I caught strep on that happy day, and needed pretty much a full week to recover – even after taking two sick days (my first in almost a decade). I fell way behind on some urgent work while out of the office, and needed a solid week to catch up. Thanks in part to that illness, my first real bike ride in quite a while – a night ride with the guys earlier this week – was an unpleasant ordeal. And then yesterday, the grandma cat started throwing up and crapping all over. Turns out, she was horrendously constipated, and the vet needed quite a bit of money to get her cleaned out. (I hope I never hear the words "fecal balls" again.) The cost was worth it, but the black humor of a literally shitty end to the week isn’t lost on me.

Sunday will be two weeks since my birthday. I’m hitting the reset button on year #42 then.

Somehow Older

My year of being forty is almost over. Maybe because forty is such a milestone, I’ve been more and more aware of the ways that my age – or at least the appearance of my age – is working to my unearned advantage. People call me "sir" more often, even on the phone. In crowds, especially at work, students – who are, yes, half my age – seem to get out of my way a little more readily, especially if I say "excuse me." More than a few times, I’ve (inadvertently) quieted down a teenager at Target or a coffeeshop simply by looking at them. No scowl or anything – just a look.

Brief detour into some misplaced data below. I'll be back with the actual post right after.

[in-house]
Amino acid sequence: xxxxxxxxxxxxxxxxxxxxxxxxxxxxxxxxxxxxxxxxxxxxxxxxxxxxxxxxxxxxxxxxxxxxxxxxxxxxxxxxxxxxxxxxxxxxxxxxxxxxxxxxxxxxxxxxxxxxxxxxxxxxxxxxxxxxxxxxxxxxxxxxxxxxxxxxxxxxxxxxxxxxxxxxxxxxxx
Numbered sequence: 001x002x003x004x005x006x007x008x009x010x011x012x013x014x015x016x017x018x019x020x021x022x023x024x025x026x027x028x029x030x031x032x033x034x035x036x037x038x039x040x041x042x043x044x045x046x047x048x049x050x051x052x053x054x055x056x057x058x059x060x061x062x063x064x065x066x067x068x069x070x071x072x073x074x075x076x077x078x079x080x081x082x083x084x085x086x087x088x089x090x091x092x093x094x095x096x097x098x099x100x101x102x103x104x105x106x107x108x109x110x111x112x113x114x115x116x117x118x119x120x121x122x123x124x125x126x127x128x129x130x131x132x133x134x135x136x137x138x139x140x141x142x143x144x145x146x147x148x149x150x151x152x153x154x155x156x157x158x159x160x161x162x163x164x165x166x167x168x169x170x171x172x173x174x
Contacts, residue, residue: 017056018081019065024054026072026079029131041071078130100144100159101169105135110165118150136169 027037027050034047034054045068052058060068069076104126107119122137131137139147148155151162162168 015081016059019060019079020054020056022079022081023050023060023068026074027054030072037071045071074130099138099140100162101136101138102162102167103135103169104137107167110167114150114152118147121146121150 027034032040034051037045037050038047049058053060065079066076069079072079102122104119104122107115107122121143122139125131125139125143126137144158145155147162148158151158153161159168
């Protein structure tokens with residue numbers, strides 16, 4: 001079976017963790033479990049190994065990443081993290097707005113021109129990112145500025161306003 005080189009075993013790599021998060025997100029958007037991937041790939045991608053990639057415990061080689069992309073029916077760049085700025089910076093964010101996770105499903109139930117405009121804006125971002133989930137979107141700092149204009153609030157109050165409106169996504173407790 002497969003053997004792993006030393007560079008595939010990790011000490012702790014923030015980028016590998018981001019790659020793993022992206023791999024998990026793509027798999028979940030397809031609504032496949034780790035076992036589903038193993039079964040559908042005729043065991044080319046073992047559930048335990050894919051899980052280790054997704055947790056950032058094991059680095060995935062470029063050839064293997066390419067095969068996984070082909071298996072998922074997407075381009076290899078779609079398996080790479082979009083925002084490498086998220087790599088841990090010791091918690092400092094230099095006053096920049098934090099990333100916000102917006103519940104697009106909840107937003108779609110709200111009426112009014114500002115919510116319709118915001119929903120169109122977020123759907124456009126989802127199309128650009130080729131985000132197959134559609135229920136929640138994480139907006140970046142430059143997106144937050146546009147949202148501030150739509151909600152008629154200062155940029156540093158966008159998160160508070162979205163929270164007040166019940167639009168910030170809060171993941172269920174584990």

The other day I went to the Verizon store to see about upgrading my iPhone. I’d received an email saying that I was eligible to switch for free to one of those candy-colored 5c models with more memory than my current phone, so I thought, "Why not?"

A salesman came right up to me when I walked into the store, addressing me as "sir." He seemed inordinately young: if not 18 or 19, then a baby-faced twentysomething. I told him about the emailed offer, and he got right down to business by explaining some of the finer points of the upgrade scheme; checking on the store’s inventory of 5c devices; trying to upsell me on insurance, a new data plan, and a case; and finally looking up my account – at which point he learned that only Shannon’s phone was eligible for the upgrade, not mine.

I was a little bit surprised by this, but I didn’t care too much; my current phone is just fine. Sales Boy, though, was incredibly embarrassed by his error. He blushed, his hands started shaking, he dropped his pen, he stuttered as he apologized for not looking up my lines right away, and he started twisting one of his (many) rings around and around his finger. I’m not sure if he thought I was going to yell at him or what, but I just shrugged it off. No biggie.

As I left the store, I saw my reflection in the window and realized why he might have been so deeply embarrassed (apart of course from making such a dumb error). In my work clothes, I looked old and serious. It was strange to think that this mattered, but it I think did.